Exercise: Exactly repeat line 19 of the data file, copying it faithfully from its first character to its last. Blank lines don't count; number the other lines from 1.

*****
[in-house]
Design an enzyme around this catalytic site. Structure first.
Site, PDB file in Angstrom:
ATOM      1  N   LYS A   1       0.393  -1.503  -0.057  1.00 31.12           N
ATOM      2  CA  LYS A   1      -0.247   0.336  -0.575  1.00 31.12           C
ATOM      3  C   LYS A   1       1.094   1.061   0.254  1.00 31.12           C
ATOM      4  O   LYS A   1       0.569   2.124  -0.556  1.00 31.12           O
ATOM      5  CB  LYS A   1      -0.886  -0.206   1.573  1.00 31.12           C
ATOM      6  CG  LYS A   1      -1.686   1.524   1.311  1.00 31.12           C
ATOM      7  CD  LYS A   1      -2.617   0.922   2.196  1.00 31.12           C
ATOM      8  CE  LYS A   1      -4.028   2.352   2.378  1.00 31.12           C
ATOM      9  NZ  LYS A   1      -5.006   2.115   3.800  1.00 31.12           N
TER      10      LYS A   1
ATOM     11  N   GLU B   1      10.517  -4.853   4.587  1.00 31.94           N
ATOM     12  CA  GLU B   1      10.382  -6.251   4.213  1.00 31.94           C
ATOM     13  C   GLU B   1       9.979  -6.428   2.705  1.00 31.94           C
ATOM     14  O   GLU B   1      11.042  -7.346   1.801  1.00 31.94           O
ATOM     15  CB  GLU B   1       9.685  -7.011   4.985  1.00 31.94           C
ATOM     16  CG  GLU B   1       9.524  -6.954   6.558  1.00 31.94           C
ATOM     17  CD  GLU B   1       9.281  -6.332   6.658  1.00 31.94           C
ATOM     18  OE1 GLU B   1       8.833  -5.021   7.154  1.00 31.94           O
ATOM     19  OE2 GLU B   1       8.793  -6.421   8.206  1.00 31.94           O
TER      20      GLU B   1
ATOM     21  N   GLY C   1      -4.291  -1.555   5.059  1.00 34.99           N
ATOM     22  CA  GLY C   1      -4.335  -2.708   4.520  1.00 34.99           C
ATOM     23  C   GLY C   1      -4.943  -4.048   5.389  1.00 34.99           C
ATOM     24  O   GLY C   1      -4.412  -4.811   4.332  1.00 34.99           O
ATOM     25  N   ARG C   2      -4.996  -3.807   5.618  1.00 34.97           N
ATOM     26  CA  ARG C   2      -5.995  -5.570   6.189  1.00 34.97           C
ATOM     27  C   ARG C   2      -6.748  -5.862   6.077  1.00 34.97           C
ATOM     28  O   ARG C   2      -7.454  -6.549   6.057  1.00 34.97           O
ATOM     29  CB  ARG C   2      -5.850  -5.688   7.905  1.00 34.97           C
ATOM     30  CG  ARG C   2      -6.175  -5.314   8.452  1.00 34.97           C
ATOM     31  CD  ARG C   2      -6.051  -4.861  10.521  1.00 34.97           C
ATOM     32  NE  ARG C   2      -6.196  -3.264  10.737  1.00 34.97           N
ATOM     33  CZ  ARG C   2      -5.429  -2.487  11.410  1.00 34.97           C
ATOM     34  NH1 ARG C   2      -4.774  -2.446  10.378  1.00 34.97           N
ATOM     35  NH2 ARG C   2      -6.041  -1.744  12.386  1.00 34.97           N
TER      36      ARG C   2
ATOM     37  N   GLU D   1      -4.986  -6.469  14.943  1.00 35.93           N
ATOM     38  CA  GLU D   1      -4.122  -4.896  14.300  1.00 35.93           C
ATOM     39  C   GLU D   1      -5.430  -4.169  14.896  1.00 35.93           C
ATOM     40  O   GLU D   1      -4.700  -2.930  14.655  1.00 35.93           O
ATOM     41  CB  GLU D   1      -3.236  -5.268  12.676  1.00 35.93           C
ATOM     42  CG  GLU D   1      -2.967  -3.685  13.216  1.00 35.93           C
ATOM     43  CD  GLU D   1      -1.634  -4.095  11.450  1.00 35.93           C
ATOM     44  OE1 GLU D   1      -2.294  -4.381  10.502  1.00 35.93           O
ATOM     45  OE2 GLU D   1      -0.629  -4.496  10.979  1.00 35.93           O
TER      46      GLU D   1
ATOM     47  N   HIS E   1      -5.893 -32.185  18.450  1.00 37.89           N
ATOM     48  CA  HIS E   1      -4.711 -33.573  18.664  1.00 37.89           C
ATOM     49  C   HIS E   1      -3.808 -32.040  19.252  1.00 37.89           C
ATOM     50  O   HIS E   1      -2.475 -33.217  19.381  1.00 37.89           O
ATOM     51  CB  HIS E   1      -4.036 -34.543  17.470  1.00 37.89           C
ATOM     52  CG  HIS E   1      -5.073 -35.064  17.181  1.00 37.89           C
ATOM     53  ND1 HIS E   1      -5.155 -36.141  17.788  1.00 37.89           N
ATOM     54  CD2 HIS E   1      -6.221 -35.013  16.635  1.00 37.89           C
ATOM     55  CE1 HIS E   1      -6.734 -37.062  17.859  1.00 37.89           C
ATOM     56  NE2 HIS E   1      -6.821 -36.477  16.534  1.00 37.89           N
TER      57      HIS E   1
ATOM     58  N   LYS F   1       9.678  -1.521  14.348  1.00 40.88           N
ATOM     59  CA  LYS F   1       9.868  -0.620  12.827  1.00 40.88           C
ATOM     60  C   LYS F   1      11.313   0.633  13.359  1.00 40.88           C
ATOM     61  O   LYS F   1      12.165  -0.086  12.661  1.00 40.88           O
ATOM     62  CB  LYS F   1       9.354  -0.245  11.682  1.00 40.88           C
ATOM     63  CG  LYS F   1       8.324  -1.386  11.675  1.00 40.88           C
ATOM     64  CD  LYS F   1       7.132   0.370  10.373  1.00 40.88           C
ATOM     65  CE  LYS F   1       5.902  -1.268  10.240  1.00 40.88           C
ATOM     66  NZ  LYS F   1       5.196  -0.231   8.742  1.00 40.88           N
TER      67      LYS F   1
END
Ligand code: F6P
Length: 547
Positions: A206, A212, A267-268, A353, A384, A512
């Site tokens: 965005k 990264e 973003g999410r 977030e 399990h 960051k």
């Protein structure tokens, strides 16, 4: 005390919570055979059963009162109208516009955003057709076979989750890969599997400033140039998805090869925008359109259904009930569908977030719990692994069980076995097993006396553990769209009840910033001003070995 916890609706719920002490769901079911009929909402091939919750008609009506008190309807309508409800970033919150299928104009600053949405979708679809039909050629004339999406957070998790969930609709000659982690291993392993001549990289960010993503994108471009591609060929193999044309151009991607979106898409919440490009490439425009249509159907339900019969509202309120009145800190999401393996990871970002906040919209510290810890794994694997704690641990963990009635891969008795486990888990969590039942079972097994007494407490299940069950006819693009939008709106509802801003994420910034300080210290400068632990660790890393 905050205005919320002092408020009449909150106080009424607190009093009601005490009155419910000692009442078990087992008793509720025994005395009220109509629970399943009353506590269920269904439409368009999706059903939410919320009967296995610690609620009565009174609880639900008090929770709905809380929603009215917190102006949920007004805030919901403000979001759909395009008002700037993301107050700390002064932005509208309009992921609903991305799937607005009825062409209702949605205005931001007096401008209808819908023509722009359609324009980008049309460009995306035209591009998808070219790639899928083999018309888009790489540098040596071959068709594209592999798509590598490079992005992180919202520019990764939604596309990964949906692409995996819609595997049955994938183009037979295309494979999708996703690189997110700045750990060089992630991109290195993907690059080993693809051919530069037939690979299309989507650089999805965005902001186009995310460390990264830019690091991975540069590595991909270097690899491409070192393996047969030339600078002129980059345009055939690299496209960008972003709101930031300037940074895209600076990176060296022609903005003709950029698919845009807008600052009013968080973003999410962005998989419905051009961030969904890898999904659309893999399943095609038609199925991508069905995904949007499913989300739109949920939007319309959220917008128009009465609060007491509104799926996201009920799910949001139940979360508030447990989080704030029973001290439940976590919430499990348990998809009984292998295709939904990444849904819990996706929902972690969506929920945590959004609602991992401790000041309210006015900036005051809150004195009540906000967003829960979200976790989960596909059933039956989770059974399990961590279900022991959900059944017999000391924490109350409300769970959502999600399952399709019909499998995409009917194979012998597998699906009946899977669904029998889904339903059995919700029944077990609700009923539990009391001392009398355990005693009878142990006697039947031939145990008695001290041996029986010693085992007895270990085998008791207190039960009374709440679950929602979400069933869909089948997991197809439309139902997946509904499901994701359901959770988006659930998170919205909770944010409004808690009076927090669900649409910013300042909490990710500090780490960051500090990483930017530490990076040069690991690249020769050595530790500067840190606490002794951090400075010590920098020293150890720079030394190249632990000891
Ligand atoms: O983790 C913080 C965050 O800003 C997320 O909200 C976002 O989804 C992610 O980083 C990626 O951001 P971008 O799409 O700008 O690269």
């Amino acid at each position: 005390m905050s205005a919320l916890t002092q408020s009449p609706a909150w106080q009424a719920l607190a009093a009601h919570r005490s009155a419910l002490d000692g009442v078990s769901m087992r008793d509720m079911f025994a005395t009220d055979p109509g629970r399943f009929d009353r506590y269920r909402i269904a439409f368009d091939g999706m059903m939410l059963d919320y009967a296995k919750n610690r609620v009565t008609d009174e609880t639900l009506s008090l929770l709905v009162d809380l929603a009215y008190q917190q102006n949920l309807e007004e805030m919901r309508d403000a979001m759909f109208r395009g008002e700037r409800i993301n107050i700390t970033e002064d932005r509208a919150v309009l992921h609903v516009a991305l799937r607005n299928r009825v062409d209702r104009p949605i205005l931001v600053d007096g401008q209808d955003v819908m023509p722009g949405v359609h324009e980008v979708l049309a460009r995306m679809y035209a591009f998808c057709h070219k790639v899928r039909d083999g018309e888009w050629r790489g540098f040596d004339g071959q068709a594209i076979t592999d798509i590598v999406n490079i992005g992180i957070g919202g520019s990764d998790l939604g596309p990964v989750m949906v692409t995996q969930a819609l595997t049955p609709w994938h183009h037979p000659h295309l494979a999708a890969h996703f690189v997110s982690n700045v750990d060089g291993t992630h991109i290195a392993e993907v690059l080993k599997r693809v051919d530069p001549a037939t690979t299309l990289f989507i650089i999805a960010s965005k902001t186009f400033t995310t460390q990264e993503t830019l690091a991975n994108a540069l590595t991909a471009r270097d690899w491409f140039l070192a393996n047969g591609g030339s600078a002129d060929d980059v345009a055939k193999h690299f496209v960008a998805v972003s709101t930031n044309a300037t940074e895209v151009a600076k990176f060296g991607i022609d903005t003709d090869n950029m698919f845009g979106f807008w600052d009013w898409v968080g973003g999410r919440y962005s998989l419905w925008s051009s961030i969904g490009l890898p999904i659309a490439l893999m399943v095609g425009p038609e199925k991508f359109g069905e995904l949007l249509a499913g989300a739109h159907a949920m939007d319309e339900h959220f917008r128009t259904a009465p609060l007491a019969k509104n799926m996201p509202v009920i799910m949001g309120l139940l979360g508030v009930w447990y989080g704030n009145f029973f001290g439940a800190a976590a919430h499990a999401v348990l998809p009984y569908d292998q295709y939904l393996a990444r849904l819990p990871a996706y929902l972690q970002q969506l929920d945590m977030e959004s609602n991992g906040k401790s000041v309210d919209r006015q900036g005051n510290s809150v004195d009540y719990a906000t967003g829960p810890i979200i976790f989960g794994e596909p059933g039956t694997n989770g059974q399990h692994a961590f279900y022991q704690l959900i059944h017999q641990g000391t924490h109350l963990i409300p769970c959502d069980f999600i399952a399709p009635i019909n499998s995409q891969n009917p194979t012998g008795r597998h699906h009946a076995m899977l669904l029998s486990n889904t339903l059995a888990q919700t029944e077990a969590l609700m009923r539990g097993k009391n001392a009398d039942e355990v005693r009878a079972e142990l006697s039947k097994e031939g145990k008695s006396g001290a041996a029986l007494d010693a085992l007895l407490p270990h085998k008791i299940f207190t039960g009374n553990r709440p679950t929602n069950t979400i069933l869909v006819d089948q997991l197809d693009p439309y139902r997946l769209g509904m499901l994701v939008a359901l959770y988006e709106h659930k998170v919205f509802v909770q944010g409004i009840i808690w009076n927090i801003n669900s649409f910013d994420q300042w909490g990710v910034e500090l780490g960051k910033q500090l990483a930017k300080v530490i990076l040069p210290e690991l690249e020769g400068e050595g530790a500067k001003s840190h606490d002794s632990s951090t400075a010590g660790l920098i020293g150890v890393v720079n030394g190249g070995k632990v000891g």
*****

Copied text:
ATOM     16  CG  GLU B   1       9.524  -6.954   6.558  1.00 31.94           C